Tutorial - Common Knife Photography Mistakes and How to Avoid Them

Discussion in 'Himalayan Imports' started by Daniel Koster, Sep 13, 2002.

  1. Daniel Koster

    Daniel Koster www.kosterknives.com Knifemaker / Craftsman / Service Provider

    Oct 18, 2001
    ***WARNING*** This is a long tutorial and has 547 Kb of images. If you have a 56K modem, set this to load and go get a nice drink...;) It will be worth it! :D

    NOTE: none of these images are attached. They are hosted on my website - it's eating my bandwidth, not that of bladeforums.


    OK. Whew!

    Now that you've waited, let's see what's to learn from a number of my mistakes in trying to get 2 good photographs of my favorite knife - the 12.5" Pen-Knife Khukuri.

    I've heard many people, collectors and knifemakers alike, complain about not being able to take good photographs of their knives. So, I asked them to show me their photos...and they contain (mostly) the same errors.

    So, I've written a Tutorial on how to avoid common mistakes and pitfalls in trying to get that "perfect shot" of your knife using only a point and shoot camera.

    A few things to think about:

    - Good Composition is more than just putting a nice background behind your knife, or sticking it tip-first into a log...
    - Knives are oftentimes shiny and twist light in all sorts of directions
    - It is ALWAYS better to photograph outdoors (best - in a light shade)
    - Direct sunlight and/or flash is the WORST lighting for knives
    - You don't have to be a whiz to take good pictures
    - You don't have to have a fancy camera to take good pictures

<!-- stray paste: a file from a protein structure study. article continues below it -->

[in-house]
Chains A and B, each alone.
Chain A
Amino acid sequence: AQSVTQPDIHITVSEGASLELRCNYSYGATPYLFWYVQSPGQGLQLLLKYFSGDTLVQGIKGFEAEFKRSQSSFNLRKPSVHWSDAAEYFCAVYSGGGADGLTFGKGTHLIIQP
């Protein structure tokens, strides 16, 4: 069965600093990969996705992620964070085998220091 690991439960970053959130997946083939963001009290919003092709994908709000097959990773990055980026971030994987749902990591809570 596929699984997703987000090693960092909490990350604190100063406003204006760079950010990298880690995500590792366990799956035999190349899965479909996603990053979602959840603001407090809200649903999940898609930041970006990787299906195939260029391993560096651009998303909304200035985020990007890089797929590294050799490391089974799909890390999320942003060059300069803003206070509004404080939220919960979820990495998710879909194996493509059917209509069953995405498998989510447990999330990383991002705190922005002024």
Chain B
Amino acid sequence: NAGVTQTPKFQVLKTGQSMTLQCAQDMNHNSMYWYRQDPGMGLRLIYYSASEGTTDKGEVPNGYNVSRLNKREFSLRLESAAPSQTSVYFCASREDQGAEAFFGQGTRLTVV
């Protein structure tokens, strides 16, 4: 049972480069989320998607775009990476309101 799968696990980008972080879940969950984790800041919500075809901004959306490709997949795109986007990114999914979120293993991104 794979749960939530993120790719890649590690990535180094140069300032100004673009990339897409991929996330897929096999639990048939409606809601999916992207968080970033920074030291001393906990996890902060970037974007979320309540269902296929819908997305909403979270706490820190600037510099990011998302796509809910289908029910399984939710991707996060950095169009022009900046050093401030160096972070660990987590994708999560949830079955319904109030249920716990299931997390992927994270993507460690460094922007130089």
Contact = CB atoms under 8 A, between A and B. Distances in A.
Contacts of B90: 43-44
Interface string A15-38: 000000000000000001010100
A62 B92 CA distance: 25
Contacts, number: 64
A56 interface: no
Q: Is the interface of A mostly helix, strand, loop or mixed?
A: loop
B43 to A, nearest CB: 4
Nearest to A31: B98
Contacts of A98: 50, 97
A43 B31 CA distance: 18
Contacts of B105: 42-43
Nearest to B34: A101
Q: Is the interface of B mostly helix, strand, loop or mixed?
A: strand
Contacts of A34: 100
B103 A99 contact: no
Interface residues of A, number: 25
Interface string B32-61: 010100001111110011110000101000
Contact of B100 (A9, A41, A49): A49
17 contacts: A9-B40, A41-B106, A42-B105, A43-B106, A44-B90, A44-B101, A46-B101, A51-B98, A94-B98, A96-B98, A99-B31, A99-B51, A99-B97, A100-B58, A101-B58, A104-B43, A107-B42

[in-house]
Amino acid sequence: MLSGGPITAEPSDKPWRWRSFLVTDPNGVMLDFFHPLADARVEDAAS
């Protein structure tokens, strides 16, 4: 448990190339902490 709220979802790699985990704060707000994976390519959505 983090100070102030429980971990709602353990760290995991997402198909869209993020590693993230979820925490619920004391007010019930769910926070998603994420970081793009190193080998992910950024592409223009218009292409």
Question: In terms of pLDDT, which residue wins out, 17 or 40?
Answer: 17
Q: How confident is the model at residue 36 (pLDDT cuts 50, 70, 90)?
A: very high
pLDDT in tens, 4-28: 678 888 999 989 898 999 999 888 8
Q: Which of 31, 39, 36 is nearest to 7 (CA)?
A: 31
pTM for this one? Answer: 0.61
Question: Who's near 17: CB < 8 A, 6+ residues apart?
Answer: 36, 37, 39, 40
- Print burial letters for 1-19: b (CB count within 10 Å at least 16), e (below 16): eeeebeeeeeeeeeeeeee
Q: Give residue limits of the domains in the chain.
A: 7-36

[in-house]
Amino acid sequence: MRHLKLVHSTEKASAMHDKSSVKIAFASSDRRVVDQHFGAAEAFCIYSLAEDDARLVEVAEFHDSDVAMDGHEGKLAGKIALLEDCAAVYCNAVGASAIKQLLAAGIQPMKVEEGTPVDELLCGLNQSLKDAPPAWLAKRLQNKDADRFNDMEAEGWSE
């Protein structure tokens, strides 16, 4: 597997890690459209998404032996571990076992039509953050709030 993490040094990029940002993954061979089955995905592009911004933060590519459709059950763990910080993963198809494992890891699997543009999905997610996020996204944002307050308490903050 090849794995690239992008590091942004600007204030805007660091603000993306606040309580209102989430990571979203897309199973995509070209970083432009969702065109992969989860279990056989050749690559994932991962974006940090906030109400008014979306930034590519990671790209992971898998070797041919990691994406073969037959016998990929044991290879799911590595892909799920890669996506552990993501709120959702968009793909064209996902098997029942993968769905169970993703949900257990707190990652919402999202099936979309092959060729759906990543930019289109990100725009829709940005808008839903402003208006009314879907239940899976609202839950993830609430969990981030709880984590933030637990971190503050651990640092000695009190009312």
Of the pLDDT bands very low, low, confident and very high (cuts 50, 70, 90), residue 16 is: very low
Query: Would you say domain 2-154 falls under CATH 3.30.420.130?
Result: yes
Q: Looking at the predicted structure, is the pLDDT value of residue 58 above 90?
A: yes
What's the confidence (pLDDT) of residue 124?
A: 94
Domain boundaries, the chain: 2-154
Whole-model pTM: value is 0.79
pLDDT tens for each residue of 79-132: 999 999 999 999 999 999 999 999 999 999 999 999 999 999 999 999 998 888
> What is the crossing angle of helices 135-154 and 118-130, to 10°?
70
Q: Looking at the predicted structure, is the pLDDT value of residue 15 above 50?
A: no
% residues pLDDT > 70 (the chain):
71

- Plan on taking 5-10 bad pictures for every good one

    Now, let's get to the pics!

    When you first see this picture, you think "Hey, that doesn't look too bad!". However, there are several very basic things wrong with this picture. I'm not going to illustrate at this point in the Tutorial. Just go through to the end and when you're finished, come back and look at this photo and see if you can point out what's wrong with it - then you'll know you've learned something.


    Here is a photo similar to the one above. At first, it seems ok, but notice the coloring on the blade. This was shot outdoors and the blade is reflecting the colors of the trees around me. You may think "Cool, man", but it's actually quite distracting if you're seeing this knife for the first time and trying to determine it's quality, etc.


    Again, another blade mistake. This time on the tip. It's quite difficult to photograph mirror-polished blades, but we'll find a way by the end of this Tutorial. You can see a reflection of the brick wall in the tip of the blade that causes this knife to look blemished.